Dutch semiconductor firm NXP has filed a patent lawsuit against BlackBerry-maker RIM alleging infringement of six of its patents.
NXP claims that RIM used its intellectual property in the development and manufacture of its BlackBerry phones and PlayBook tablets. The Dutch firm wants actual damages of lost profits and royalties from the Canadians and claims the right to the US-allowed treble damages*, but hasn't specified exactly how much it wants.
The Dutch firm is also asking for an injunction on RIM products.
The six patents NXP are claiming on were issued between 1997 and 2008, but the firm might be taking the line that now is a good time to launch an attack on the smartphone firm as its dwindling popularity weakens its position.
RIM has not been able to hold onto its market share in the wake of the smartphone revolution led by Apple and joined by Android, despite its early lead with its business-oriented BlackBerrys.
The firm's latest results showed yet another bad quarter, with a $125m loss and more attempts at rejigging its corporate structure.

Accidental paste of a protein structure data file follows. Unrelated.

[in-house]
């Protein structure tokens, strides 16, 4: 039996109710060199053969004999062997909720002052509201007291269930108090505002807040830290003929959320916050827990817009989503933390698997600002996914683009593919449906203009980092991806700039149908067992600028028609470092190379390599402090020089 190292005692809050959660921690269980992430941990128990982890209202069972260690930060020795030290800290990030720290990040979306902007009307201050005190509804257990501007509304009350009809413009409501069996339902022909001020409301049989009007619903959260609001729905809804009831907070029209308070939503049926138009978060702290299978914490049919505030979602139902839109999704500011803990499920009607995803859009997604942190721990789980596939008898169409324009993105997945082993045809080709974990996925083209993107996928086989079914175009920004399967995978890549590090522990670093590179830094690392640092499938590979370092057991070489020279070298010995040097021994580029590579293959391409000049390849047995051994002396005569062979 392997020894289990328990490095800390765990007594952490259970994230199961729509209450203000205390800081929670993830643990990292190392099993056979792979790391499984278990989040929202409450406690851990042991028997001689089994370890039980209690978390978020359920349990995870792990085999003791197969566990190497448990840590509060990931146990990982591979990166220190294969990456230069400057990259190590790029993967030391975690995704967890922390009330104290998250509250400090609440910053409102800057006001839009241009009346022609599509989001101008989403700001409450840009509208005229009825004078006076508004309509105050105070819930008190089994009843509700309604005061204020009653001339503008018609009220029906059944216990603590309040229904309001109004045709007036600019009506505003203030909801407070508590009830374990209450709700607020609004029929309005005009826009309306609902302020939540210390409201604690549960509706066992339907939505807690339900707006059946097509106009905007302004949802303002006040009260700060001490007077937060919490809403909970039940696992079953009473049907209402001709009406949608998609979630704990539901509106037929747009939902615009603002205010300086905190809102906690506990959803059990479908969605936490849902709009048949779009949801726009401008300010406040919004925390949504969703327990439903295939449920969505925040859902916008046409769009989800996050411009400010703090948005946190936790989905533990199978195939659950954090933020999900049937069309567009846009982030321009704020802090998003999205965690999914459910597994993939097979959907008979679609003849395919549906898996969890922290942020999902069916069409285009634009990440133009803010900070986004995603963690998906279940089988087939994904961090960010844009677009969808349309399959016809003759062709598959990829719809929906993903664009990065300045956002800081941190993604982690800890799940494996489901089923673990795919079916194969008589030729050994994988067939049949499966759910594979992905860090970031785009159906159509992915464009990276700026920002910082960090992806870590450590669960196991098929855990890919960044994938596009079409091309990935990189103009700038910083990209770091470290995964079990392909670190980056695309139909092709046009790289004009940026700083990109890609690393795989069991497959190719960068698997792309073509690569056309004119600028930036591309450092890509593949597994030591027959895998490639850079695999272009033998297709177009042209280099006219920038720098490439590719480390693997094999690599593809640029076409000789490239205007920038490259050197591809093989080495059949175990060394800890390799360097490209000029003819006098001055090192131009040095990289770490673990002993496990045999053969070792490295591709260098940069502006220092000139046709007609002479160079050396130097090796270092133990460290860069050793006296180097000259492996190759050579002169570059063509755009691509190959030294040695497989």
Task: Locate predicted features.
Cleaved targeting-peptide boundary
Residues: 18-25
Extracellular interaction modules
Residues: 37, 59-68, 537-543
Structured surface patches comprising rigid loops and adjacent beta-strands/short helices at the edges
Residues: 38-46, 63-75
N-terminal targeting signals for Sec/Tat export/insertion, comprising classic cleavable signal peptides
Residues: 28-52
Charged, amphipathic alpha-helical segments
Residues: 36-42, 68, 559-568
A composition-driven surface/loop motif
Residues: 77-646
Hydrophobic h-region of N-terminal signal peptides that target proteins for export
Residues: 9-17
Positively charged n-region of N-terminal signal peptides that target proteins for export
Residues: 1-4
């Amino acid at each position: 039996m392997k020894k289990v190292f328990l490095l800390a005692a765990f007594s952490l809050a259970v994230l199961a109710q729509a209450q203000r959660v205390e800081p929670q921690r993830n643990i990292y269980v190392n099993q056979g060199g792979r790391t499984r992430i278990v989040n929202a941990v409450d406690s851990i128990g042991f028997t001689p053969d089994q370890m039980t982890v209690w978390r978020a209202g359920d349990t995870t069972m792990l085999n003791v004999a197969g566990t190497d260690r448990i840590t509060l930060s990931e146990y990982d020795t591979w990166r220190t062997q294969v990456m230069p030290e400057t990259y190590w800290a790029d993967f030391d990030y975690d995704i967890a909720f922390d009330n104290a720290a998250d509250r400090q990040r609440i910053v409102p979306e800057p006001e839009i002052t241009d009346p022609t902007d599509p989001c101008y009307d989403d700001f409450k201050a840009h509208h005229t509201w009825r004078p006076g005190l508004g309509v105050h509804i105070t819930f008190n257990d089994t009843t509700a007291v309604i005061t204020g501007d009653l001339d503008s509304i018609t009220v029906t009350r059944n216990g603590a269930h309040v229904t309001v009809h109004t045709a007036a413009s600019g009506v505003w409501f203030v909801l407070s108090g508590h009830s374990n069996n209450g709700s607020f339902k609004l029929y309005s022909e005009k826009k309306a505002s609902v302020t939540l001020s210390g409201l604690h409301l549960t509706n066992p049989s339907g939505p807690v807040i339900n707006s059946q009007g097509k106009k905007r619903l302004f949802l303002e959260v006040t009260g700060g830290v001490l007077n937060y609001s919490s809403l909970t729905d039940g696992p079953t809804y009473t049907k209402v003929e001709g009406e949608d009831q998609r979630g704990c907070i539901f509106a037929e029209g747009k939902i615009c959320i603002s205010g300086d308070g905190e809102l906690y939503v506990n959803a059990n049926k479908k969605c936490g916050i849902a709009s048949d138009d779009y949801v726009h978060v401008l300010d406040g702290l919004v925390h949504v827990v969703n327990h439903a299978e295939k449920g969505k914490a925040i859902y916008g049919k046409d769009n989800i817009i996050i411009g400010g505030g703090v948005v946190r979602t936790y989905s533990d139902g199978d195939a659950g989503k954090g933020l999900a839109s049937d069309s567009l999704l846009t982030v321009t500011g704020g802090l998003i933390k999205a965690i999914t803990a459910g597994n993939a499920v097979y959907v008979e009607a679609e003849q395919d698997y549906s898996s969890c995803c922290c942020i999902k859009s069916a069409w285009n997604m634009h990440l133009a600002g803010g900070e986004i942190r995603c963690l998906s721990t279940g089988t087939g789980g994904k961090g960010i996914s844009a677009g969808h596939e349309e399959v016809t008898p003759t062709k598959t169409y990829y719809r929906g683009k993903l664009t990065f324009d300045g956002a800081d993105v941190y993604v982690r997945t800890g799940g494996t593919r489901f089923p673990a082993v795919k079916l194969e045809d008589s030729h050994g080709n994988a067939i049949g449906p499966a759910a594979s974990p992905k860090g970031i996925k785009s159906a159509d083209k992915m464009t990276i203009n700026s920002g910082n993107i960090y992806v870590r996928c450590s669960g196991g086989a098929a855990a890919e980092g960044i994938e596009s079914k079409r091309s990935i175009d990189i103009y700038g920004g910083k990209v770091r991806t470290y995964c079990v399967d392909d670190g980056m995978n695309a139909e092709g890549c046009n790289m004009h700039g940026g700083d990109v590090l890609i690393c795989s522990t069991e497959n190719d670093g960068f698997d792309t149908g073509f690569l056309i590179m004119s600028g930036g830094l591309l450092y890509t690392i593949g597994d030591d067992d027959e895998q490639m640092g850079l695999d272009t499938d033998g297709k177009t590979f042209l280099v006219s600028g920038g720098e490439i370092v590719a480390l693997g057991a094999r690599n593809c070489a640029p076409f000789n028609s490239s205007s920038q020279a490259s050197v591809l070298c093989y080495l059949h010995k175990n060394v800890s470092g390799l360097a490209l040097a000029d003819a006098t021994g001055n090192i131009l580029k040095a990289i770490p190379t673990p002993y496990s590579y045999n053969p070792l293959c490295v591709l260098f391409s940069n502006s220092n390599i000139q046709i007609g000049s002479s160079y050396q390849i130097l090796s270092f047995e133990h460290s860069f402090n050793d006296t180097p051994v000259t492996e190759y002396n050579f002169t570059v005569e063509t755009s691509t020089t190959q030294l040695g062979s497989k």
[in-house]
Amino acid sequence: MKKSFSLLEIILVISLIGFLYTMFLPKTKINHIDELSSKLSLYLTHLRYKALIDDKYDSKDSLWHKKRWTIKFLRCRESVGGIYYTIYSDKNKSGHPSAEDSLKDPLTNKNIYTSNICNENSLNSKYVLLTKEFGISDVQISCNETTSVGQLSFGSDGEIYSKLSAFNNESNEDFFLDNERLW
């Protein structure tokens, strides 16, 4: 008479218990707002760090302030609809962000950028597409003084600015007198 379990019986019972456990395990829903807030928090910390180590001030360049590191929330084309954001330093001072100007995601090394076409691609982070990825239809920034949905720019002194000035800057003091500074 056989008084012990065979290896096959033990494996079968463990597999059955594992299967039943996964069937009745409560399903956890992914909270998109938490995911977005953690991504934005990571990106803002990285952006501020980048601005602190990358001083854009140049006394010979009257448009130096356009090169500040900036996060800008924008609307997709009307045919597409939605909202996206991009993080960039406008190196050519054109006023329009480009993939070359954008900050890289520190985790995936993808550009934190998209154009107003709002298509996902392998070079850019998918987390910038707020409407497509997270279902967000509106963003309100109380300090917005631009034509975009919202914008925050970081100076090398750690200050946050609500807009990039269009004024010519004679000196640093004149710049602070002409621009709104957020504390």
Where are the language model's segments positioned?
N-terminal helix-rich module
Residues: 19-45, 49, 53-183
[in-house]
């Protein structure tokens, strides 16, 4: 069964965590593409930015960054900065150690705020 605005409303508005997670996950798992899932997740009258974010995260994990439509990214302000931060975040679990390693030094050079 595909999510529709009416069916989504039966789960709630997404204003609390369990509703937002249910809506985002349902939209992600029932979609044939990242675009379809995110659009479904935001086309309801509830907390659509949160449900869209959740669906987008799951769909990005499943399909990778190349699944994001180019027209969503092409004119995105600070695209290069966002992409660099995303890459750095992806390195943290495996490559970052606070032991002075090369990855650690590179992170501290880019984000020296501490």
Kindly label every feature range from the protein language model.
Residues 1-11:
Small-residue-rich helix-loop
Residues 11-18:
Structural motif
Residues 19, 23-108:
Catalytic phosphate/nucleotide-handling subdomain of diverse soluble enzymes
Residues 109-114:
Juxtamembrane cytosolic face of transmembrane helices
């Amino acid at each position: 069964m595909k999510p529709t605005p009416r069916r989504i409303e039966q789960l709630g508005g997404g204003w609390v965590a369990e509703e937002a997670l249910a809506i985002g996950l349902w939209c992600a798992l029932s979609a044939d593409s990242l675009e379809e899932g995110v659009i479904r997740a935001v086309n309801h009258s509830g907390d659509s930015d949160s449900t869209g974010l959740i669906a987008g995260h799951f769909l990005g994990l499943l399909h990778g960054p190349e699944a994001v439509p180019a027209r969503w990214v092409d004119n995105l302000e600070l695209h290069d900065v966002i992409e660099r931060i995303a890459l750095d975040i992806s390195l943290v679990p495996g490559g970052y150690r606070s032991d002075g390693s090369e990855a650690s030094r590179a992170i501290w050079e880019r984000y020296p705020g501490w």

No matter how the management deck gets shuffled, however, RIM can't seem to pull its revenues up. And it hasn't been helped by a seemingly endless stream of corporate cock-ups, including everyone thinking it had given up on the consumer market, some moronic and sexist marketing and some seriously badly handled outages.
Pundits have speculated that one way for RIM to haul itself out of its troubles could be to sell off some or all of its patents, or even sell itself off. However, any sales could become complicated by impending litigation, which may push RIM into an early settlement with NXP. ®
*Triple the amount of actual damages, awarded as punishment for the "willful" violation of a law.